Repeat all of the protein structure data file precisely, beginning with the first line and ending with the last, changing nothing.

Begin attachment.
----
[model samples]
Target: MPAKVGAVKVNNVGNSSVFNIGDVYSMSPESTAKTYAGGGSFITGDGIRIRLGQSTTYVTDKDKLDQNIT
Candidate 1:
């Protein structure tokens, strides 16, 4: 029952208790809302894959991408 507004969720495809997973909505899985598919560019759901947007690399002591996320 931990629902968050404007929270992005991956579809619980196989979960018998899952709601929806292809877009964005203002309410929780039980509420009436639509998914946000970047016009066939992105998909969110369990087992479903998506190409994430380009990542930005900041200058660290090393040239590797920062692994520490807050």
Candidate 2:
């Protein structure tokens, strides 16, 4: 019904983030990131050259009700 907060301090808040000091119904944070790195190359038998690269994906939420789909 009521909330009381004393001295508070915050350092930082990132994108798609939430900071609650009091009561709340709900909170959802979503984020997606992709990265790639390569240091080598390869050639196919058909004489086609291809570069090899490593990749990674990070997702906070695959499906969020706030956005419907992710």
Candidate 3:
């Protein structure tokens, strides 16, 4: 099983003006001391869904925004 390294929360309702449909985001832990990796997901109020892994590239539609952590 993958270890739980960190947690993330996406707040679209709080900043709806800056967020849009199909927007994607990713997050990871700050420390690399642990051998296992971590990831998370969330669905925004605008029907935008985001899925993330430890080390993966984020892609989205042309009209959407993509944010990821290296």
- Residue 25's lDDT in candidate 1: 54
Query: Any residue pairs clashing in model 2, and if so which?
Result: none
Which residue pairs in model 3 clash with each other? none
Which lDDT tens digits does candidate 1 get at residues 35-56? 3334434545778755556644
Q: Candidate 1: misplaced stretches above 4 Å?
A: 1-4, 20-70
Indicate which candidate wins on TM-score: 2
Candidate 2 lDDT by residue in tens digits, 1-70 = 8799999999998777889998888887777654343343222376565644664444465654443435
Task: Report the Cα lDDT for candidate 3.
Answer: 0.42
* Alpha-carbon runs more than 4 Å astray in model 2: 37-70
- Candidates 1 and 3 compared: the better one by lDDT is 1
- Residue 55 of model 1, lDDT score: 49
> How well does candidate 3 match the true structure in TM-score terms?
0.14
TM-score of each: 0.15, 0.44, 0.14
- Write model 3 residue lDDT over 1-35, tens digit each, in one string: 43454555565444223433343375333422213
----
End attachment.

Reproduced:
[model samples]
Target: MPAKVGAVKVNNVGNSSVFNIGDVYSMSPESTAKTYAGGGSFITGDGIRIRLGQSTTYVTDKDKLDQNIT
Candidate 1:
């Protein structure tokens, strides 16, 4: 029952208790809302894959991408 507004969720495809997973909505899985598919560019759901947007690399002591996320 931990629902968050404007929270992005991956579809619980196989979960018998899952709601929806292809877009964005203002309410929780039980509420009436639509998914946000970047016009066939992105998909969110369990087992479903998506190409994430380009990542930005900041200058660290090393040239590797920062692994520490807050």
Candidate 2:
């Protein structure tokens, strides 16, 4: 019904983030990131050259009700 907060301090808040000091119904944070790195190359038998690269994906939420789909 009521909330009381004393001295508070915050350092930082990132994108798609939430900071609650009091009561709340709900909170959802979503984020997606992709990265790639390569240091080598390869050639196919058909004489086609291809570069090899490593990749990674990070997702906070695959499906969020706030956005419907992710």
Candidate 3:
């Protein structure tokens, strides 16, 4: 099983003006001391869904925004 390294929360309702449909985001832990990796997901109020892994590239539609952590 993958270890739980960190947690993330996406707040679209709080900043709806800056967020849009199909927007994607990713997050990871700050420390690399642990051998296992971590990831998370969330669905925004605008029907935008985001899925993330430890080390993966984020892609989205042309009209959407993509944010990821290296």
- Residue 25's lDDT in candidate 1: 54
Query: Any residue pairs clashing in model 2, and if so which?
Result: none
Which residue pairs in model 3 clash with each other? none
Which lDDT tens digits does candidate 1 get at residues 35-56? 3334434545778755556644
Q: Candidate 1: misplaced stretches above 4 Å?
A: 1-4, 20-70
Indicate which candidate wins on TM-score: 2
Candidate 2 lDDT by residue in tens digits, 1-70 = 8799999999998777889998888887777654343343222376565644664444465654443435
Task: Report the Cα lDDT for candidate 3.
Answer: 0.42
* Alpha-carbon runs more than 4 Å astray in model 2: 37-70
- Candidates 1 and 3 compared: the better one by lDDT is 1
- Residue 55 of model 1, lDDT score: 49
> How well does candidate 3 match the true structure in TM-score terms?
0.14
TM-score of each: 0.15, 0.44, 0.14
- Write model 3 residue lDDT over 1-35, tens digit each, in one string: 43454555565444223433343375333422213